I wasn't talking about our society; I was speaking of Old Testament law.

Margaret Thatcher wrote:The right heart attitude will lead to right physical actions as well.


The thing about the right heart leading to right actions is that it really doesn't work both ways. You can have right actions without a right heart, but you don't typically have a right heart without right actions. What I'm saying is that the right heart was what saved them and the right actions were what they did in response, which is what we are supposed to do today as well--I just think we should do it differently than what was stipulated under New Testament law.

It's clear to me that neither of us is going to convice the other to either forget Old Testament law or to adhere to it (as one Jordan Taylor once argued, Internet debates change no one). I think we're both at the point where our arguments have been made and our opinions put forward--anything we continue to state now would be essentially repeating ourselves. In my opinion, this is the part where the debate ends, as neither one of us is really getting anything out of it at this point. (Note: I'm not doing the "respond and then leave under the guise of 'let's drop it'" routine; I've just frankly had enough as of this post.)
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Re: The Bible and Pagan Mythology

Postby Margaret Thatcher » Thu Oct 03, 2013 9:03 pm

Thank you for the video Termite, that has given me some things to think about.

It was good discussing this issue with you. I completely understand that you'd not responding and dropping it, I agree this is getting a bit long at this point.
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Re: The Bible and Pagan Mythology

Postby Mr. Sunnys » Thu Dec 19, 2013 10:26 pm

Thatcher, you are insane. Sorry if that sounds rude, but The Lion the Witch and the Wardrobe being PAGAEN!? INSANITY! It was very representative of Christianity and God and Jesus.
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Re: The Bible and Pagan Mythology

Postby Margaret Thatcher » Thu Dec 19, 2013 11:36 pm

It had magical creatures from pagan mythology as the good guys! How is that right? The good guys used magic, even though magic is a sin! I'm not insane, simply throwing in a Christ figure doesn't Christianize all the pagan elements in the book.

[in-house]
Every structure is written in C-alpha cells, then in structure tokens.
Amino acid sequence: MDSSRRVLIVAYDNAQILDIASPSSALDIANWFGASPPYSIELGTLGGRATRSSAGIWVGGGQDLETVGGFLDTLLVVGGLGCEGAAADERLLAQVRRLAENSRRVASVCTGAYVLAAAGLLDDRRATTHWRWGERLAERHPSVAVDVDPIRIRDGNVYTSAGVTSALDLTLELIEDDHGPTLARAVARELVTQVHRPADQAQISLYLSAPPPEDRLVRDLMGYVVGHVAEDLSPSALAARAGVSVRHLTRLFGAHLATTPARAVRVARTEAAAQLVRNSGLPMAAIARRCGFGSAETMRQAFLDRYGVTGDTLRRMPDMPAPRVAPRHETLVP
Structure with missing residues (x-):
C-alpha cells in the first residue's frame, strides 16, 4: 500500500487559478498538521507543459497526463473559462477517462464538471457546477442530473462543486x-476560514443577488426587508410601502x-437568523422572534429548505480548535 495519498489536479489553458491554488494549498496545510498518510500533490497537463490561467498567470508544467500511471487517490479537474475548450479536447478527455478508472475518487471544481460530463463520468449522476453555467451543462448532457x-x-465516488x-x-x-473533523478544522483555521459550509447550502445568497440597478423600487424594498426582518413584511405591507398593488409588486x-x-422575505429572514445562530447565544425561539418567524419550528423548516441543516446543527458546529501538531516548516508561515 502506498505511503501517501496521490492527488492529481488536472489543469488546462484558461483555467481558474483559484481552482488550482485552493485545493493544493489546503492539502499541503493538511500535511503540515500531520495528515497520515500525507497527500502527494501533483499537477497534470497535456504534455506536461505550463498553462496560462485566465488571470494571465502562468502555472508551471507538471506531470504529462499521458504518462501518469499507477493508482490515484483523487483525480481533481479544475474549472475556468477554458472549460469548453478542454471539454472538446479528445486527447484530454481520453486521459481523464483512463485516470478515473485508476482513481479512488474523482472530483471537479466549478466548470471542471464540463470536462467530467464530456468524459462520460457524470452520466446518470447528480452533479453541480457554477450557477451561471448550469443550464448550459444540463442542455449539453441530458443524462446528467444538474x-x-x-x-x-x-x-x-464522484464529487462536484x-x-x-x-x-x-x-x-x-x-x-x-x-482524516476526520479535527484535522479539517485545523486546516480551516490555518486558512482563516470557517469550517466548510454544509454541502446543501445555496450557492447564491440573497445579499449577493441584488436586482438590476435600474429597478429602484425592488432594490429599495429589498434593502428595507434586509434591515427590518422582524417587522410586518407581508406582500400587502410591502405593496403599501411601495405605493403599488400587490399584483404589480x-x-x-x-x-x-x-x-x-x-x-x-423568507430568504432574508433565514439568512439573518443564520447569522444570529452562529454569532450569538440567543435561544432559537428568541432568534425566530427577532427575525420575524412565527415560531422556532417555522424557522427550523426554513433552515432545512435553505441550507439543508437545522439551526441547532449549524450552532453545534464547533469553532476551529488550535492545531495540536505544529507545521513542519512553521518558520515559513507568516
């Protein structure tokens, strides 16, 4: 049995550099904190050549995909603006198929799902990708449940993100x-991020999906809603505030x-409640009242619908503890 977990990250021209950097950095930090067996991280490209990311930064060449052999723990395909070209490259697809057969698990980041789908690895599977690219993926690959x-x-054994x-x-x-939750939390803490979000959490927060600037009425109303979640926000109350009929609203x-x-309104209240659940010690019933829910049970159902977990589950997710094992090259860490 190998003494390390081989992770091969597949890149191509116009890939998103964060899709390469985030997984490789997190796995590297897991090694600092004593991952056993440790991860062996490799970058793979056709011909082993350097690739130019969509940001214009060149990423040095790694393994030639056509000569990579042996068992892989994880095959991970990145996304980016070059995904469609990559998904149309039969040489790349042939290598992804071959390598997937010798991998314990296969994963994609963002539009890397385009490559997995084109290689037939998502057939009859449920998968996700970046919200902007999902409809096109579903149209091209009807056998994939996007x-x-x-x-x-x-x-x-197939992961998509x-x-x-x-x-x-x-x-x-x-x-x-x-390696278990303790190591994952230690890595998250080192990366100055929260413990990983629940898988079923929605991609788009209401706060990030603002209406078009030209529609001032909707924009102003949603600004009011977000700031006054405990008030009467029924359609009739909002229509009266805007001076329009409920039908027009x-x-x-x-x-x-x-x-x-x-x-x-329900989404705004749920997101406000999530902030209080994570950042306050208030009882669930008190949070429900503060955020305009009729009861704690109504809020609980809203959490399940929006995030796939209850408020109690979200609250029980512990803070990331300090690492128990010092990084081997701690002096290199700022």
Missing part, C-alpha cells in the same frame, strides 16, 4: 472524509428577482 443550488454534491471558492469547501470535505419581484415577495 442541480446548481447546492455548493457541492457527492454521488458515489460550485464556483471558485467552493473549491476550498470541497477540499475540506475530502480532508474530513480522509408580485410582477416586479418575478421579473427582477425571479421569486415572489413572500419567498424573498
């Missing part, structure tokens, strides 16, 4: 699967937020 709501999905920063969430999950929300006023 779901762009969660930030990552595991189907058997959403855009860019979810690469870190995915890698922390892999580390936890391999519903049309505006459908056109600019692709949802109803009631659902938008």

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Re: The Bible and Pagan Mythology

Postby E II » Thu Dec 19, 2013 11:58 pm

Yep every book/movie made like that it h as some unchristian things to get nonchristians in. Then shows Christian stuff. ALS o the main good guys are human
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Re: The Bible and Pagan Mythology

Postby Whitty Whit » Fri Dec 20, 2013 9:44 am

does this mean I can't read/watch Harry Potter anymore? :( not that I watch it in the first place...

You do realize that The Lion, the Witch, and the Wardrobe is fiction, right? It's not intended to be sacred (sacred: means revered due to association with holiness/God), it's designed to entertain. Perhaps, there are some things it teaches that the Bible also teaches; however, just because one could allude Aslan with Jesus, that makes it bad and wicked and nasty and evil?

Here's a question for you: If something is a myth or related to myth, is it bad?

Myths are not necessarily evil. Myths are untrue stories generally derived from ancient civilizations; some myths are about deities/demi-gods/gods, i.e., the Old Norse god hierarchy (the Eddas). They're stories. Does that make them wrong? Is there something inherently evil about them? I'm not asking if they're wrong/inaccurate, I'm asking if they're evil.

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And could this topic be construed as discrimination against Mr. Tumnus for being a faun? Because we here at the ToO are NOT DISCRIMINATORY. We have a policy about that. See Jelly and AIOPsyche Co. or call 1-800-END-HATE for more details.
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Re: The Bible and Pagan Mythology

Postby Margaret Thatcher » Fri Dec 20, 2013 10:39 am

It's wrong to use bad things in an attempt to draw in non-Christians. We should just preach the Gospel, Christ didn't tell stories about false gods and magical beings to draw people in, we shouldn't either. And yes I realize the main characters were human but the rest of the good guys are not humans and some of them are spirits.

Why would you read/watch Harry Potter? The good guys call themselves witches! That is clearly wrong, the Bible has some very strong commandments against witches.

I realize it's fiction but does anything go in fiction now? We shouldn't be reading about evil and wrong things even in our fiction. I wasn't saying that the allusions of Aslan to Jesus were bad just that throwing that in there didn't make the rest of the book okay.